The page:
UCC activists make #Good Trouble for a Just World during Ecumenical Advocacy Day
600 people from a spectrum of faith traditions converged in Washington D.C. over the weekend for Ecumenical Advocacy Days, to learn more about what justice advocacy is and to grasp the tools they need to do the work.
Madison Mayhew didn’t know what to expect during a weekend of good trouble for a just world. Working in Washington, D.C. on Ecumenical Advocacy Days (EAD), Mayhew, the United Church of Christ’s new Justice & Peace Policy Fellow, was both involved in leading and experiencing her first EAD. She joined about 600 people from a number of faith traditions gathered April 5-8, to grasp more about what justice advocacy is and to learn the tools they need to do the work.
“I had the opportunity to wear many different hats during the weekend, including training two state delegations before their lobby day. I was anticipating most of the group to have lobby experience, but the majority of the room had none,” Mayhew said. “It was a special experience to be able to translate the work we do in D.C. and empower attendees to take action here and back home.”
The weekend started for the UCC at First Congregational Church on Friday, during a pre-conference event, #GoodTrouble for a Just World. The April 5 session gathered justice leaders representing a range of issues and networks from across the denomination. They shared best practices around movement building and justice mobilizing in all settings of the UCC and beyond.
“We talked about ways we can build capacity for UCC justice advocacy moving forward and empower, energize and connect justice advocacy leaders in our congregations, associations and conferences,” said Sandy Sorensen, director of the UCC Washington, D.C. office.
On Saturday, participants from several different denominations came together for a series of interactive plenary sessions and workshops around issues including immigration, gun violence and voting rights. The Rev. Michael Neuroth, UCC international policy advocate, helped organize the Global Peace and Security workshops at the conference.
“The theme for this year deeply resonated with me and I think with many who attended. The call to ‘trouble the waters’ was based both in scripture (John 5:1-9) as well as Rep. John Lewis’ #GoodTrouble Twitter campaign,” Neuroth said. “Throughout the weekend, the Spirit was stirring in our worship and workshops and on Monday, we ‘troubled the waters’ in D.C. by calling on policy makers to pass legislation to strengthen voting rights in the U.S. and human rights abroad.”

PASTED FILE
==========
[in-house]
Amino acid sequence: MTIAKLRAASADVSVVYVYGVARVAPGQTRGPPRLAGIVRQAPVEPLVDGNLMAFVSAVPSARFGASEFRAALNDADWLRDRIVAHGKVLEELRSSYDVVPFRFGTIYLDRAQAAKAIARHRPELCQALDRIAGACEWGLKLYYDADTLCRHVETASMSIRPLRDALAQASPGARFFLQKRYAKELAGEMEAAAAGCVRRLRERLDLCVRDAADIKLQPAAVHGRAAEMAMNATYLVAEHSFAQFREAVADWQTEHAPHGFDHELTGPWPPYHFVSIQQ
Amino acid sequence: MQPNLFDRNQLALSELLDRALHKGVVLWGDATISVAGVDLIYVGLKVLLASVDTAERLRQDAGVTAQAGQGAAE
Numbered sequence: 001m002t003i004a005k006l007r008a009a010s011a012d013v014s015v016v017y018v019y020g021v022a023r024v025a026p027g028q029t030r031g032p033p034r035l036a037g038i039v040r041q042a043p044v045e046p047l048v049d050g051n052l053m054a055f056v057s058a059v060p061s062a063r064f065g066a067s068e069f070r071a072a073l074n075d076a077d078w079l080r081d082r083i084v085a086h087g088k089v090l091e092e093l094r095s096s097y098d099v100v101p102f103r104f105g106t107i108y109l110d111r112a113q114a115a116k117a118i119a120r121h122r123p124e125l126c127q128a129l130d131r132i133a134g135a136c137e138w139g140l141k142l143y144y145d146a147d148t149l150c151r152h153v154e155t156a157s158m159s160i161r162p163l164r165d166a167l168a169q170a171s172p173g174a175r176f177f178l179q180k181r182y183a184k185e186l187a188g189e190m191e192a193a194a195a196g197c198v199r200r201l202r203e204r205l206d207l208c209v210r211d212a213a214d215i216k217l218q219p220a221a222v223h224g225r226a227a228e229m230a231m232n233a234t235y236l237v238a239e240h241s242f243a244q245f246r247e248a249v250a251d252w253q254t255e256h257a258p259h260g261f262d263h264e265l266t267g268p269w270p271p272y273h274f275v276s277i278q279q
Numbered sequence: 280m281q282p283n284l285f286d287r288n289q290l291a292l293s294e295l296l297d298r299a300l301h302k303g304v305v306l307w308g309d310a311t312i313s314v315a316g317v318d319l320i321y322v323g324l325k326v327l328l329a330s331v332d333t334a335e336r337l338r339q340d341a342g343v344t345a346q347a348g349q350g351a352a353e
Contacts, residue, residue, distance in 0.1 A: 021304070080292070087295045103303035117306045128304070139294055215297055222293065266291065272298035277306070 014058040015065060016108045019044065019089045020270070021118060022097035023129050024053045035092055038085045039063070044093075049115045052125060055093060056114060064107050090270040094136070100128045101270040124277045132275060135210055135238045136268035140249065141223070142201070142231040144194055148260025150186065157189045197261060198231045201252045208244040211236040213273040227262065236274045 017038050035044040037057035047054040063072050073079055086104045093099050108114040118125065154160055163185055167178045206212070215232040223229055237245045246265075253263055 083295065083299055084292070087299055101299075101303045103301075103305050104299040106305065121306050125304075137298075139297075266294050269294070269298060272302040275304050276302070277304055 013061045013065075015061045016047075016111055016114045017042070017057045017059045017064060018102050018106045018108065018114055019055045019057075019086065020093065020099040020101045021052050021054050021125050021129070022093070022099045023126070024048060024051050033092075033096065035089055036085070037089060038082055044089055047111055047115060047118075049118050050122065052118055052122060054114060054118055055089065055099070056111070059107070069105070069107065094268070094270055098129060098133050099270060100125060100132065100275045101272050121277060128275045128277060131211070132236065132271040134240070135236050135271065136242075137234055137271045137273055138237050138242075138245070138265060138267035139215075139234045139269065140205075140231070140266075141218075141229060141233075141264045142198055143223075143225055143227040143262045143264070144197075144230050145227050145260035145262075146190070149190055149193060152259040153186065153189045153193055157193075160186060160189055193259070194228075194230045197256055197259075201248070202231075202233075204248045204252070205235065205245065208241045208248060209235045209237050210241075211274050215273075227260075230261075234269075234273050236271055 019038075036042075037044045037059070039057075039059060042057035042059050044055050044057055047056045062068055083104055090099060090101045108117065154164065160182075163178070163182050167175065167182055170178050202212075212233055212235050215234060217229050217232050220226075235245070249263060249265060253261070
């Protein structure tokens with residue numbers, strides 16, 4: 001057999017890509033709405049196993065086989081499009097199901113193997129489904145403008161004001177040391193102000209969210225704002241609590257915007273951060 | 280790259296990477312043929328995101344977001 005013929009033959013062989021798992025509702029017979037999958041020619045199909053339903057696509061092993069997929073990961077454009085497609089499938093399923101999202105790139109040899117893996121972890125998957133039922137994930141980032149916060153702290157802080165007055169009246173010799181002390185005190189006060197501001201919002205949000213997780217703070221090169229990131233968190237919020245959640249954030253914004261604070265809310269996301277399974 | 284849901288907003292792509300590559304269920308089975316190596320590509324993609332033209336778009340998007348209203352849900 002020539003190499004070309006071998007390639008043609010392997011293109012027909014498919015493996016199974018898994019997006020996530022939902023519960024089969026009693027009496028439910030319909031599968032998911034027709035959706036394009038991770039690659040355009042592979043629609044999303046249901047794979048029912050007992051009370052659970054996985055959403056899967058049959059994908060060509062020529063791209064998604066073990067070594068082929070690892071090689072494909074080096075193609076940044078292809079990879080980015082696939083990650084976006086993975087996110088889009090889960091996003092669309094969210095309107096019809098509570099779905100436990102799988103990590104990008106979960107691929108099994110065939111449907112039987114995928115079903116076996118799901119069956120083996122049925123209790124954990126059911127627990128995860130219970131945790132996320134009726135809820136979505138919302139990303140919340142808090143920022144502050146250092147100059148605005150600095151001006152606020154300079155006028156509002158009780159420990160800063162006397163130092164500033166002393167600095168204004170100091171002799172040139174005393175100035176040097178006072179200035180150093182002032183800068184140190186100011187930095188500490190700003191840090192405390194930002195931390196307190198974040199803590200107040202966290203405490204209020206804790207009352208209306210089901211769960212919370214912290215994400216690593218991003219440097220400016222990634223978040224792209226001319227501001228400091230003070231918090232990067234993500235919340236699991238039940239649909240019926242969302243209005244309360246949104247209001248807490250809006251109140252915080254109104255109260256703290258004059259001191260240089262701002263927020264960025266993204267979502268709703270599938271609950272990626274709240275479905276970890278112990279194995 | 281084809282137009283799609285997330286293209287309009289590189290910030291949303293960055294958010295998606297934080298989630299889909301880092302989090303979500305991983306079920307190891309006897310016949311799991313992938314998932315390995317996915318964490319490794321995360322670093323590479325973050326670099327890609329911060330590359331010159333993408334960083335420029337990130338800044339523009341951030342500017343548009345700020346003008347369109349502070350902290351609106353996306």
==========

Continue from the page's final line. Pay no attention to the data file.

Sunday, groups gathered by state to learn more about lobbying their lawmakers, which was planned for Monday.
Following a vigil outside the UCC offices at the Methodist Building on the morning of April 8, an EAD delegation headed off to Senate Majority Leader Mitch McConnell’s office carrying a letter bearing hundreds of signatures supporting a vote on S949. The bill, companion legislation to HR 1, which passed in the House, would eliminate barriers to fair voter participation, restore the voting rights of returning citizens and address the unlimited influence of corporate campaign contributions in elections.
More than 50 people sang ‘Wading in the Water’ as they moved through the streets to the Russell Senate Office Building and hummed their way through the halls.
“I was particularly moved by our public witness on Monday,” Neuroth continued. “It was a spiritual moment in which it felt like the waters were being troubled.”
“It was extremely encouraging to see this wide spectrum of faith traditions working together to improve our democracy,” said UCC minister the Rev. Kent Gilbert.
Gilbert, president of the Kentucky Council of Churches and pastor of Union Church in Berea, Kentucky, helped lead the procession to McConnell’s office.
“It’s important that people of faith remember not just the ‘mercy’ part of following Christ, but also the ‘righteousness’ side. I mean, if we love God’s people, it is worth taking action that prevents the NEED for mercy in the first place,” Gilbert continued. “In a world so focused on division and hatred, churches coming together is a potent sign of Christ’s ‘Good news.’ I cannot overstate the value of seeing leaders from all traditions working together to help everyone vote. This is what true leadership would look like on Capitol Hill, and it is imperative that if politicians cannot model it, the church of Jesus must.”
“The EAD advocacy and public witness for strengthening voting rights is timely and critical as we move into a presidential election campaign in 2020,” Sorensen said. “It is unconscionable that we have we have less access to free and fair elections than we did in 1965. If the right to vote is at the heart of democratic process, we have a serious heart condition.”
“I think the participants were inspired by the conference and Monday action,” Neuroth said. “My hope is that all of us will be inspired to keep up the momentum at home in our local churches and congressional districts. Given the upcoming 2020 election, we must do all we can to ensure that all are given a voice and vote.”
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